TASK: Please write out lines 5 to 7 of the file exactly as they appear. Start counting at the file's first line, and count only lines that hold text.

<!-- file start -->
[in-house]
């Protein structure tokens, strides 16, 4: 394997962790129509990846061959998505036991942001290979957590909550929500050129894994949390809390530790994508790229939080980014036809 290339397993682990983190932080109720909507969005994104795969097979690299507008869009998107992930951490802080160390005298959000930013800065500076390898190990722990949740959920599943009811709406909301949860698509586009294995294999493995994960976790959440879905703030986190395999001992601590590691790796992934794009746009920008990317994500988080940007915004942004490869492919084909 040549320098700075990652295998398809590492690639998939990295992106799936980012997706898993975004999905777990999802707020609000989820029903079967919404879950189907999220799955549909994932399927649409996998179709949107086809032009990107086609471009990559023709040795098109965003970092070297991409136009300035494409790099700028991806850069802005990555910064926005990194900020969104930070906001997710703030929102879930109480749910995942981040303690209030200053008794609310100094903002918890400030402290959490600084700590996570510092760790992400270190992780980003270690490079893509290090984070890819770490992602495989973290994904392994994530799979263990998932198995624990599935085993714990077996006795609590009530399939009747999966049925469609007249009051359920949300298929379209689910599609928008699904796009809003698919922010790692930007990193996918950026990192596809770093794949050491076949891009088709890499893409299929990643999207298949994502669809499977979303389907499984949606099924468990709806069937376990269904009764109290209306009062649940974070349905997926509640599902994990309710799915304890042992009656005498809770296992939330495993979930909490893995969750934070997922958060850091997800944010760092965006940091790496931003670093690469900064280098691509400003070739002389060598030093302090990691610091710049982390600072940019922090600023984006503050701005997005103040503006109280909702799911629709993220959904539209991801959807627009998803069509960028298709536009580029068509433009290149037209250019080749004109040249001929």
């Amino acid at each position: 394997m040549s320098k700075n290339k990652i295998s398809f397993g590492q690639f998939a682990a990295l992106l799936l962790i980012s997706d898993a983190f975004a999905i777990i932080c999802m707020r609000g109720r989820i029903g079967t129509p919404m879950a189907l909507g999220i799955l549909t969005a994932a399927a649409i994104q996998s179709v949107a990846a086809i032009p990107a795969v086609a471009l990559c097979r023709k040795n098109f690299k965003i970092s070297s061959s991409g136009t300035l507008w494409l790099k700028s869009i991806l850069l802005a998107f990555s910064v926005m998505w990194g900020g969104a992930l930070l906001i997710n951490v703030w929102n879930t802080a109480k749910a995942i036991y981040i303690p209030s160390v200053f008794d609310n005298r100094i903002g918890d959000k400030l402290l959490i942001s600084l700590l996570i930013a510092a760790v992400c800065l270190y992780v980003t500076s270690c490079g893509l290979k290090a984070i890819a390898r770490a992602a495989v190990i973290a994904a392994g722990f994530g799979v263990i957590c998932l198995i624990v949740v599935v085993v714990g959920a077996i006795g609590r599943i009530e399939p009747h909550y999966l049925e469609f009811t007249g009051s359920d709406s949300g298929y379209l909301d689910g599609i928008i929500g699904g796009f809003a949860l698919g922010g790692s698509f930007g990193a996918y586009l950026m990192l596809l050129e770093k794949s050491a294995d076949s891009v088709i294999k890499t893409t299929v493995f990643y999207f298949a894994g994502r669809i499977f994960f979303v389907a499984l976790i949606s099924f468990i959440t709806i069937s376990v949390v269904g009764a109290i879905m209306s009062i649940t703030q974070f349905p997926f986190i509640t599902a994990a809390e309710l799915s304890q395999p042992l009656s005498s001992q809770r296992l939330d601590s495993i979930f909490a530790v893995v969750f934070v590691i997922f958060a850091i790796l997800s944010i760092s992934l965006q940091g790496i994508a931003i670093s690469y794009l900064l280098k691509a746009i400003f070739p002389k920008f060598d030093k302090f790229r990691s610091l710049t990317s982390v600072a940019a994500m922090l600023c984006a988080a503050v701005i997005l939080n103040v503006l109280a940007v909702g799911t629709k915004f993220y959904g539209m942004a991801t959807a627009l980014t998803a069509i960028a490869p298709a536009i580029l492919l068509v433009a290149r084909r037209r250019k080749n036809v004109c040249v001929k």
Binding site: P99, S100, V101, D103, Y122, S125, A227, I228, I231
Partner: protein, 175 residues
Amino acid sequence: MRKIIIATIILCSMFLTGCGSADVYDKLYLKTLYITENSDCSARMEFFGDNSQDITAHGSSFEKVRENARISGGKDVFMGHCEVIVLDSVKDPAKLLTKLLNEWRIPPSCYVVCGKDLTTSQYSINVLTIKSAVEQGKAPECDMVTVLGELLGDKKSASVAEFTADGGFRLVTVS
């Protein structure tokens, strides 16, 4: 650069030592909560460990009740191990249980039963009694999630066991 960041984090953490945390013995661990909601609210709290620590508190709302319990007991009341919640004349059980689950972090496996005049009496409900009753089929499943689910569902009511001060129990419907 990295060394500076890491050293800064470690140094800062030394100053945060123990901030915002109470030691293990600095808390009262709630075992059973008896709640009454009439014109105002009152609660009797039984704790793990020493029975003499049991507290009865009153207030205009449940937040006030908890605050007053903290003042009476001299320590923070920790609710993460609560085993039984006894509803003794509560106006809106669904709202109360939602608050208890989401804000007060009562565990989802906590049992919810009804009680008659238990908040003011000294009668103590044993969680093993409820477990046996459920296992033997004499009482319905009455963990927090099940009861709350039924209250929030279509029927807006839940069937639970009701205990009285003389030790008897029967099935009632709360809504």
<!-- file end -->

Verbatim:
Partner: protein, 175 residues
Amino acid sequence: MRKIIIATIILCSMFLTGCGSADVYDKLYLKTLYITENSDCSARMEFFGDNSQDITAHGSSFEKVRENARISGGKDVFMGHCEVIVLDSVKDPAKLLTKLLNEWRIPPSCYVVCGKDLTTSQYSINVLTIKSAVEQGKAPECDMVTVLGELLGDKKSASVAEFTADGGFRLVTVS
């Protein structure tokens, strides 16, 4: 650069030592909560460990009740191990249980039963009694999630066991 960041984090953490945390013995661990909601609210709290620590508190709302319990007991009341919640004349059980689950972090496996005049009496409900009753089929499943689910569902009511001060129990419907 990295060394500076890491050293800064470690140094800062030394100053945060123990901030915002109470030691293990600095808390009262709630075992059973008896709640009454009439014109105002009152609660009797039984704790793990020493029975003499049991507290009865009153207030205009449940937040006030908890605050007053903290003042009476001299320590923070920790609710993460609560085993039984006894509803003794509560106006809106669904709202109360939602608050208890989401804000007060009562565990989802906590049992919810009804009680008659238990908040003011000294009668103590044993969680093993409820477990046996459920296992033997004499009482319905009455963990927090099940009861709350039924209250929030279509029927807006839940069937639970009701205990009285003389030790008897029967099935009632709360809504």